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J Allergy Clin Immunol. 2001 Nov;108(5):797-803.

Protease-activated receptors in human airways: upregulation of PAR-2 in respiratory epithelium from patients with asthma.

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1
Asthma and Allergy Research Institute Inc, Nedlands, Western Australia, Australia.

Abstract

BACKGROUND:

Protease-activated receptors (PARs), which are G protein-coupled receptors that are activated after proteolytic cleavage of the amino terminus of the receptor, are likely to play a major role in airway inflammation. PARs are activated by endogenous proteases, including thrombin (PAR-1, -3, and -4) and tryptase (PAR-2 and -4), both of which are present in inflamed airways.

OBJECTIVE:

The purpose of this study was to compare the expression and distribution of PARs in biopsy specimens obtained from asthmatic and normal subjects and to examine the effect of inhaled corticosteroids on PAR expression.

METHODS:

Biopsy specimens were obtained from 10 normal and 20 asthmatic patients, and sections were stained for PAR-1, -2, -3, and -4 through use of specific antibodies. Staining was scored semiquantitatively for both intensity and distribution.

RESULTS:

Staining for all PARs was seen on the epithelium and smooth muscle in biopsy specimens from both normal and asthmatic subjects. In the epithelium, PAR-1 and -3 staining appeared to be apically concentrated, whereas PAR-2 and -4 staining was more diffuse. In normal subjects, epithelial staining intensity of PAR-1 and -3 was significantly greater than for PAR-4 (P < .05). Staining for PAR-1, -3, and -4 in biopsy specimens from asthmatic subjects was similar to that in specimens from normal subjects, irrespective of whether the former were using inhaled corticosteroids. However, PAR-2 staining in asthmatic epithelium was significantly increased in comparison with normal epithelium. Expression of PARs in airway smooth muscle did not differ between groups.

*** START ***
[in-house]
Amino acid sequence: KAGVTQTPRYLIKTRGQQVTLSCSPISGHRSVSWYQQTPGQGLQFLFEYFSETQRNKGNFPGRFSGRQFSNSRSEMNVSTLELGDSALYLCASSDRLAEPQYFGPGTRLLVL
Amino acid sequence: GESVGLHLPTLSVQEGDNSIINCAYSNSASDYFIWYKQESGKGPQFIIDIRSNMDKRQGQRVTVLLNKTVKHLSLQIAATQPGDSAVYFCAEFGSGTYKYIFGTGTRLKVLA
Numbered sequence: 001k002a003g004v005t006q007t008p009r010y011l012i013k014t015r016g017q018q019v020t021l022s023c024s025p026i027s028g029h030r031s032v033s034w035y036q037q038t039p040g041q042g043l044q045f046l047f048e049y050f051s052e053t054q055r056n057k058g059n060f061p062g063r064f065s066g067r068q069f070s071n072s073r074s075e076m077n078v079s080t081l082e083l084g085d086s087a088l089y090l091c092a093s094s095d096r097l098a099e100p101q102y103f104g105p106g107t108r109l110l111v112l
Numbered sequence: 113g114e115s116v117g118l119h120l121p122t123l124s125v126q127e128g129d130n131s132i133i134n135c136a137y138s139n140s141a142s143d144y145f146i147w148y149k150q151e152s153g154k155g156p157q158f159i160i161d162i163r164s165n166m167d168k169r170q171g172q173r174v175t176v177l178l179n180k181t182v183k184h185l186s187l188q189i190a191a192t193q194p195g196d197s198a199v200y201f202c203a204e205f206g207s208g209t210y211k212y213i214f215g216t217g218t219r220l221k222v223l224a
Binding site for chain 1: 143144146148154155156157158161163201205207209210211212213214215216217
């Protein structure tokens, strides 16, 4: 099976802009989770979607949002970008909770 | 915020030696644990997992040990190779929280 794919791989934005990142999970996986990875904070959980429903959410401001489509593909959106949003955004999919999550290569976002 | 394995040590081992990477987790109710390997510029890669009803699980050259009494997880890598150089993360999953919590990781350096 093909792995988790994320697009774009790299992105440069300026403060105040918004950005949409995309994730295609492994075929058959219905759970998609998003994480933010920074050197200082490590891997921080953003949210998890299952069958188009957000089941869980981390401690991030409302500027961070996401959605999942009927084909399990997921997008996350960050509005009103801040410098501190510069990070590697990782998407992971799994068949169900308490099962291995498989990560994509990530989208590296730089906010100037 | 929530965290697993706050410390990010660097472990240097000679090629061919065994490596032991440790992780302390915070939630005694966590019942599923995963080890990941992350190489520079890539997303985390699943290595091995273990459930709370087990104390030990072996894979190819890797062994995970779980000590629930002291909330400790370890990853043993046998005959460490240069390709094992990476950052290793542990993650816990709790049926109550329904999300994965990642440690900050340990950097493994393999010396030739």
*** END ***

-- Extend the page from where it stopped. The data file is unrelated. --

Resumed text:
CONCLUSION:

Asthma per se is associated with increased PAR-2 expression in bronchial epithelium. Importantly, staining was not influenced by inhaled corticosteroids. These results suggest that PAR-2 might be involved in airway inflammation.

PMID:
11692107
DOI:
10.1067/mai.2001.119025
[Indexed for MEDLINE]
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